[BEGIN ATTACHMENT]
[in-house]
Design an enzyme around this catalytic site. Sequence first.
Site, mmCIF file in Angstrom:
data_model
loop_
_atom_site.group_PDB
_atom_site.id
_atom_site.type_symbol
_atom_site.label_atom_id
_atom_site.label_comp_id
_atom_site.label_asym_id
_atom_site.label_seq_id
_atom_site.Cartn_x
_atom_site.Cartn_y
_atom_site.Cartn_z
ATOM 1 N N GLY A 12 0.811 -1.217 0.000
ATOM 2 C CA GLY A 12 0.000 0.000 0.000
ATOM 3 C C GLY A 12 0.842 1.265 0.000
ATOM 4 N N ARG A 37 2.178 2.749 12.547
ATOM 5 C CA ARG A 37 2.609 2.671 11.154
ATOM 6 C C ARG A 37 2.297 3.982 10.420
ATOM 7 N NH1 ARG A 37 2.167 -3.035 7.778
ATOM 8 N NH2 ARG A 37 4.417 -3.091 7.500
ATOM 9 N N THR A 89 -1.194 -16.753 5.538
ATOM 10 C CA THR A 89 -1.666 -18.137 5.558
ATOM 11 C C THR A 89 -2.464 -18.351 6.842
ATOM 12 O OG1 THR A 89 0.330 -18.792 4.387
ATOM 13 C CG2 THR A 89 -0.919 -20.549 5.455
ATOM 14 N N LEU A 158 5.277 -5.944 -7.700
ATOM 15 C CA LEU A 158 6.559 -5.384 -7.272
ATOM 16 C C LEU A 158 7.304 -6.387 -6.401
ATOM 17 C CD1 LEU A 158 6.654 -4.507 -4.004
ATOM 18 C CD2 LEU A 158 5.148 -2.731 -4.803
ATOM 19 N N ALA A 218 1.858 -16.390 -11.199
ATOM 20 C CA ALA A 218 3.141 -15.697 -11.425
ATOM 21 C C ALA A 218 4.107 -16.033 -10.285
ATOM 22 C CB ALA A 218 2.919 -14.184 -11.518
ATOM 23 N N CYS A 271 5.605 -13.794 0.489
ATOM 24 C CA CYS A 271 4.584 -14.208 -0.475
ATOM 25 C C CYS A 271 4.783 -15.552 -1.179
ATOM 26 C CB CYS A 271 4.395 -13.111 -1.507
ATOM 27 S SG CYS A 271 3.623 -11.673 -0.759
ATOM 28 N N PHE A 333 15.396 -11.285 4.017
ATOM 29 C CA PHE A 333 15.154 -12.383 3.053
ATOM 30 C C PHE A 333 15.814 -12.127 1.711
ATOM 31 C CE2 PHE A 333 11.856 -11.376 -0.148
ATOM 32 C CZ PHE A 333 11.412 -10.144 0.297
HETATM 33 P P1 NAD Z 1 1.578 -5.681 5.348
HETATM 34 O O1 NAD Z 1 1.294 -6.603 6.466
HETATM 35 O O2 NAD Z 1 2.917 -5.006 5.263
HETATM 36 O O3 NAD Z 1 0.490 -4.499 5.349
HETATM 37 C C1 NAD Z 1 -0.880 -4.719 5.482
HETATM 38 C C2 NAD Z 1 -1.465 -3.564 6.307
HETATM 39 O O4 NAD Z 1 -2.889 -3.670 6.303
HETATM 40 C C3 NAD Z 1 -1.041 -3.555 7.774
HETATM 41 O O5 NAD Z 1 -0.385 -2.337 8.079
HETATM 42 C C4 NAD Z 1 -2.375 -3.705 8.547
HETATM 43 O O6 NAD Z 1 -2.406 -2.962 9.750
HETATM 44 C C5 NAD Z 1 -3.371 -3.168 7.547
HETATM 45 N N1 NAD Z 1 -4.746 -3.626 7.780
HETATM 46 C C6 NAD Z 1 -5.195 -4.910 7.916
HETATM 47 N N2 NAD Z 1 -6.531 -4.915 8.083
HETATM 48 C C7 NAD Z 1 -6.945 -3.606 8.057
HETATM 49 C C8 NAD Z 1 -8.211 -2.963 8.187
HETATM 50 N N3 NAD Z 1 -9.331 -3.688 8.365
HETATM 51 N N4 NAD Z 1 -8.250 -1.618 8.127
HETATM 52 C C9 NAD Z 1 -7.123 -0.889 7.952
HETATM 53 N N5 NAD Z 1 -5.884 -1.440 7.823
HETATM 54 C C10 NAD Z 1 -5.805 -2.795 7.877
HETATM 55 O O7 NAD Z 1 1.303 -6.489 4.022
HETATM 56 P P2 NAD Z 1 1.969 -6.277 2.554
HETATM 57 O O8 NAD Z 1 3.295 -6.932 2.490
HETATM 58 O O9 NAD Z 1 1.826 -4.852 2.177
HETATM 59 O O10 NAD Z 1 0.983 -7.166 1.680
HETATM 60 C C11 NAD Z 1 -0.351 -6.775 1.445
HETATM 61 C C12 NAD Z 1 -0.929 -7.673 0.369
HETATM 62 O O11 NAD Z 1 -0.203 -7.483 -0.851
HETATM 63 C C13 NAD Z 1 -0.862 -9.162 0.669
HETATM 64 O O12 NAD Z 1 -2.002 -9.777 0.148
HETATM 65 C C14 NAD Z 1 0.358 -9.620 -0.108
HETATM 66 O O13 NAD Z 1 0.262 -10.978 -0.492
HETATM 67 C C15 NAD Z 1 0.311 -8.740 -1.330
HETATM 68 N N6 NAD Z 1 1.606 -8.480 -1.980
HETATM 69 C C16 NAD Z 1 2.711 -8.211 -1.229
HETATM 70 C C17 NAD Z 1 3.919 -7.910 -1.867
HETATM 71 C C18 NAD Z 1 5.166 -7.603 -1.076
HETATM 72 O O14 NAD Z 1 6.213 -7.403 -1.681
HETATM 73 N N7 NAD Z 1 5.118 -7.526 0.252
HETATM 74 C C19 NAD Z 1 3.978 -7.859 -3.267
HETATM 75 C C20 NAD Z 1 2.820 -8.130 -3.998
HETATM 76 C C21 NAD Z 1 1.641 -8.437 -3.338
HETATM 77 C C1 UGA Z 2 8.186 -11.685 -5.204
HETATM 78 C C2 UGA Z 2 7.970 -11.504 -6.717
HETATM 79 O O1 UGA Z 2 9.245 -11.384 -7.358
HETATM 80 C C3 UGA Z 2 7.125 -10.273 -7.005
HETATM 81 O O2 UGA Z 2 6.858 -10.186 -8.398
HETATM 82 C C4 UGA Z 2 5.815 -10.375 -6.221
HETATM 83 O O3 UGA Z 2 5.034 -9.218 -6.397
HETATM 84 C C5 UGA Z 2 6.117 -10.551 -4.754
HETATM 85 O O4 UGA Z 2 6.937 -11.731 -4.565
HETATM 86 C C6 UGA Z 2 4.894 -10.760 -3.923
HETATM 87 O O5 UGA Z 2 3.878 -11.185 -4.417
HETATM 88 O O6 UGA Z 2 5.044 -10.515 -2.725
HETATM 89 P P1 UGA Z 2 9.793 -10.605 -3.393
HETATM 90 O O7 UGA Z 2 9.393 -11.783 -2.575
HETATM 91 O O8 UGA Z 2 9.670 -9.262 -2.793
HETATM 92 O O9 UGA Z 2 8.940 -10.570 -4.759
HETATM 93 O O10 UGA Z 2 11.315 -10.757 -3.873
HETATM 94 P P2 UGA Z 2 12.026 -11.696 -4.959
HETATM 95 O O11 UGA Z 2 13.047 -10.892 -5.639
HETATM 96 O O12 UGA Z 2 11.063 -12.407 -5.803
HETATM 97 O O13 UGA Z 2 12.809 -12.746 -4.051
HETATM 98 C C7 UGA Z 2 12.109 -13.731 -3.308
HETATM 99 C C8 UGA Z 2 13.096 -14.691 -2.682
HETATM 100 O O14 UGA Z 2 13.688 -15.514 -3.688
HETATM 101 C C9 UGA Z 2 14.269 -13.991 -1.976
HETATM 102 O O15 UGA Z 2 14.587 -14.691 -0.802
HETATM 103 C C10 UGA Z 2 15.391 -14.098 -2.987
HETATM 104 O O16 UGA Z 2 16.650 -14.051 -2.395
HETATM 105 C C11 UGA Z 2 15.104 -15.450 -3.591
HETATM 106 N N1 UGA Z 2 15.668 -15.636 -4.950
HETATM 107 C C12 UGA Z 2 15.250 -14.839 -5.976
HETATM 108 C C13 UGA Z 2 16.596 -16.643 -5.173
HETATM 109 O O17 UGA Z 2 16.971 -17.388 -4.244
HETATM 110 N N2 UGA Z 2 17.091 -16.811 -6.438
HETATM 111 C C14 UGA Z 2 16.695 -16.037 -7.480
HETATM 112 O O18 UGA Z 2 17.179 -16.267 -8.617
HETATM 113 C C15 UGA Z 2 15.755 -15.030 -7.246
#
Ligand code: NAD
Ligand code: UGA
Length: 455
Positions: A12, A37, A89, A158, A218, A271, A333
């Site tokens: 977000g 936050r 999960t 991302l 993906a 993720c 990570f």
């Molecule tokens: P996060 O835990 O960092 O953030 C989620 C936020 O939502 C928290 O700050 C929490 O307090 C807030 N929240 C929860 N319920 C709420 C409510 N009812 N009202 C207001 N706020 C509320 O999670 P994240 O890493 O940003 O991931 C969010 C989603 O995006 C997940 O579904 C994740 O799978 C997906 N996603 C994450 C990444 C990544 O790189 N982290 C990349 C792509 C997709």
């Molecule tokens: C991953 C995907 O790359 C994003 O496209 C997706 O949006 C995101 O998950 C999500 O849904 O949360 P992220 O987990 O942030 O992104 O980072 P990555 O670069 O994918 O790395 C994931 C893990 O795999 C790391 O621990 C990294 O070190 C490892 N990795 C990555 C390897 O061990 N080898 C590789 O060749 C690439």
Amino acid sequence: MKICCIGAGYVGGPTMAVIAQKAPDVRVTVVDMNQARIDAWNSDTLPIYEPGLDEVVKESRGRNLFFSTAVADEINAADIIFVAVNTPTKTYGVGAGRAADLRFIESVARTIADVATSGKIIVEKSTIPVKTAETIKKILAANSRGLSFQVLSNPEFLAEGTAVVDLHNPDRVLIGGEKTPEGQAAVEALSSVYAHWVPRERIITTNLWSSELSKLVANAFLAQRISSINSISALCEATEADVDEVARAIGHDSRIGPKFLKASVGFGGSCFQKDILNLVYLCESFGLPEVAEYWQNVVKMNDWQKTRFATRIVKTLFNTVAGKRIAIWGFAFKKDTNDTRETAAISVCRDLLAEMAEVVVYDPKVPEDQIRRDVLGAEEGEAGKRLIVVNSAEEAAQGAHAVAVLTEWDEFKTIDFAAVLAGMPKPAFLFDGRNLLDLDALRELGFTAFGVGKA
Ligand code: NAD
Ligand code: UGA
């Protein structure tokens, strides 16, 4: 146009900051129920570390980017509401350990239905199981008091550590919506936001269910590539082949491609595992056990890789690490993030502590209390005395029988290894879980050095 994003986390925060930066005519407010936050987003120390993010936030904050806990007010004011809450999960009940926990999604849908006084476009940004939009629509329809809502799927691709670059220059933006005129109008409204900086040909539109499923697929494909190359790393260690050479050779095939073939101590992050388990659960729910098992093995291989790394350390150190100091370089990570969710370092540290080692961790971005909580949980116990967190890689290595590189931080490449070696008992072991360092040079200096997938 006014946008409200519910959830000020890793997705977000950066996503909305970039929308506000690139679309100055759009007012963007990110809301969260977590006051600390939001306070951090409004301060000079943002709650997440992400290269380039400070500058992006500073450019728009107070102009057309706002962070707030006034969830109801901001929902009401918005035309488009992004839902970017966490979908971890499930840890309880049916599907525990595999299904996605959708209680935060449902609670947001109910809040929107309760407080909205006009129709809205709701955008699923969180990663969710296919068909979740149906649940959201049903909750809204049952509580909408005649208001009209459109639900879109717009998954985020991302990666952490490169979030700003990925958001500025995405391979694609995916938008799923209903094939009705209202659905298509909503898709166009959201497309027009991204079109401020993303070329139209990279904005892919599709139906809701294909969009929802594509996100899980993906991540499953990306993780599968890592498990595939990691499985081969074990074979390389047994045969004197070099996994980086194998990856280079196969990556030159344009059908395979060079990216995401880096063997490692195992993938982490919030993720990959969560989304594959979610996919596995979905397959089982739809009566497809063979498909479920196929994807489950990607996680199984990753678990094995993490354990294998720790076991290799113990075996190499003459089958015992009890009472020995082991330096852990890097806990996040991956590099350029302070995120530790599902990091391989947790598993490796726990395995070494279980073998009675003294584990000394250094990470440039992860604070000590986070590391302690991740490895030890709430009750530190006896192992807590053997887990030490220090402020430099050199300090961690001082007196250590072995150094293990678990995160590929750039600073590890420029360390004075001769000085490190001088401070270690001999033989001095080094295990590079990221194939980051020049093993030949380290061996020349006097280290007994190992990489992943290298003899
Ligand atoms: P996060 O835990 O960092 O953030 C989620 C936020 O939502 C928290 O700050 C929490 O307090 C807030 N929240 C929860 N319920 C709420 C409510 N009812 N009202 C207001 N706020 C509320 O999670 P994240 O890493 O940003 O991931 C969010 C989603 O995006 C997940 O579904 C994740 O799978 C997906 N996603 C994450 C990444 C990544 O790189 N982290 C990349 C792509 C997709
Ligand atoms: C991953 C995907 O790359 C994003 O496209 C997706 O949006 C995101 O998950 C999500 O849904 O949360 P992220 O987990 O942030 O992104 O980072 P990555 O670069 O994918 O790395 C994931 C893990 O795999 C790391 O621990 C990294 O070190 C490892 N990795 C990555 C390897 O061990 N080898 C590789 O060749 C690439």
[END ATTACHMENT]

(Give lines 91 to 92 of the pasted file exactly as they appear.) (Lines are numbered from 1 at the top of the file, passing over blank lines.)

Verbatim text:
HETATM 76 C C21 NAD Z 1 1.641 -8.437 -3.338
HETATM 77 C C1 UGA Z 2 8.186 -11.685 -5.204